Textiles are one of the richest and most beautiful arts of Lithuanian craftwork. There are mentions of linen in Lithuanian folklore from the oldest times. An archaeological dig performed in Lithuanian territory revealed that, from as early as the second century, there was evidence of flax and wool textiles. From the 16th century there were exports of Lithuanian linen and yarn into West Europe (Germany and Holland). The first textile workshops were established in the Great Duchy of Lithuania in the beginning of the 17th century.

Until the 16th century, Lithuanians used their local flax seeds. But because the plant does better in a colder climate, it would often degenerate after two to three years in milder weather. To help the struggling farmers, Roscoff sailors had the brilliant idea of bringing back flax seed from the Baltic Sea region. This flax was not as demanding or delicate as flax cultivated in central Europe. The result was a boon for Lithuanian flax growers; this new flax didn’t even need rich soil and the plant would produce flowers that were three times taller.

The stalk of Lithuanian flax reaches up to 150 cm, covered with fine leaves, and with blue, pink or whitish blossom. Although Ireland remains the greatest exporter of flax, the fabric woven from Lithuania flax fibres is recognized as being of especially high quality.

Perhaps befitting of the most ancient fibre in the world, linen is beneficial for your skin. Its thermoregulatory properties provide insulation in the winter and breathability in the summer. It is anallergic and anti-bacterial, as well as being the strongest of all natural fibres – which means it’s durable.

Sometimes people ask us what sets our linen apart from other high-quality linen, such as that from Ireland, Belgium or France. The short answer is that linen is a Lithuanian tradition. It is made from flax that is unique to Lithuania, and which yields a linen that is lighter than other linen fabrics, and of much higher quality than the linen typically used in mass-produced clothes.

I think the best way to describe it is this way:  LinenKids linen is lighter, smoother and cooler than other linens. Just smooth your hand over our linen and you’ll see exactly what I mean. the other benefit with our linen is that it gets softer with every washing. And consider this: when you choose linen over cotton, you’re helping the planet because flax (the crop from which linen is derived) requires less water than cotton to grow, requires fewer other resources, and all the flax by-products are put to good use.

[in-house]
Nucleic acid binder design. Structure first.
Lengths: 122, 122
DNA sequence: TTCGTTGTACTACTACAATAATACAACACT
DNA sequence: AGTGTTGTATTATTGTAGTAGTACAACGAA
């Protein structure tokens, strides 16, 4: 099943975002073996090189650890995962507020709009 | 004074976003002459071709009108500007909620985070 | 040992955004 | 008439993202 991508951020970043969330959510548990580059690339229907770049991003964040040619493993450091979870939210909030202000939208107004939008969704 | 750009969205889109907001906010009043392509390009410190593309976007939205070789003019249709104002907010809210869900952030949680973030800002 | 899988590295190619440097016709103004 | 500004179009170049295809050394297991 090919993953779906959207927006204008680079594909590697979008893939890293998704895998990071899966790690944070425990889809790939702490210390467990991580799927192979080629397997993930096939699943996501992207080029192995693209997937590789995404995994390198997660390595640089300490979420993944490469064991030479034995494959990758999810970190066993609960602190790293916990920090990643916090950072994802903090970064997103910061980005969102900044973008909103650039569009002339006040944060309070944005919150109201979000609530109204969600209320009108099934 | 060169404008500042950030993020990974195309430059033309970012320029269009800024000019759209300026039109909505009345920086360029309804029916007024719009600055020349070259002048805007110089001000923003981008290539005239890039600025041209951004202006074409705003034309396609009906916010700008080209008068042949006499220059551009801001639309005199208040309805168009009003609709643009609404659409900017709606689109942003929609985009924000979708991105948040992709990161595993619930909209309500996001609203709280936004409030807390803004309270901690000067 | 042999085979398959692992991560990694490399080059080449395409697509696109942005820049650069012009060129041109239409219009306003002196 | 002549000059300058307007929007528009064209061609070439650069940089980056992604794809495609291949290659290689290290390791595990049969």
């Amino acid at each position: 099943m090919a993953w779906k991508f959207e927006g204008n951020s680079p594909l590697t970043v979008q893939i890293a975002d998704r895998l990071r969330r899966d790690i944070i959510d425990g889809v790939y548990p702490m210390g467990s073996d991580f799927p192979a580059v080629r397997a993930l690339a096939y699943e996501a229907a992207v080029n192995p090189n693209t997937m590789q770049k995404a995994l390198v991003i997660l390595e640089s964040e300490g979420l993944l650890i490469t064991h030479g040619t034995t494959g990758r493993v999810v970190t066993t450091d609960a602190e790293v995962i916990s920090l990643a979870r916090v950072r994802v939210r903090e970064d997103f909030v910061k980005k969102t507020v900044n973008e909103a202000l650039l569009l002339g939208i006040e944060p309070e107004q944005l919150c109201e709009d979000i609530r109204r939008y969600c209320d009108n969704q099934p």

Want a few reasons why linen is the best fabric for your children?

  • Linen fabric breathes, much like human skin. In hot weather, linen texture keeps kids cool by absorbing moisture and deflecting heat, while in cool weather it retains body heat. Because it is absorbent and a good conductor of heat, linen fabric feels cool to the touch.
  • Linen is non-allergic. This makes it an ideal fabric for children’s sensitive skin, and is especially good for those with skin conditions such as allergies and eczema because it is non-allergic and has a natural pH balance. It creates a great microclimate for skin.
  • Linen is antistatic. It is especially recommended for children who are sensitive to those scary static shocks.
  • Linen absorbs moisture well. It can absorb up to 20% or more of its own weight in moisture, while still feeling dry to the touch. Linen also absorbs the moisture rapidly, which makes it wonderful for bath-time.
  • Over time, linen becomes softer and even more comfortable. Linen resists wear and tear much better than other fibers, so it will last longer than garments accessories made from cotton or artificial fabrics.
  • Linen resists stains like no other fabric and is completely washable at both high and low temperatures, without losing any of its excellent properties, texture or shape.
  • Best of all, linen is eco-friendly!. It comes from flax and every part of the plant is used. The linen production process is sustainable and does not cause any harm to nature.

So you now you can enjoy linen even more!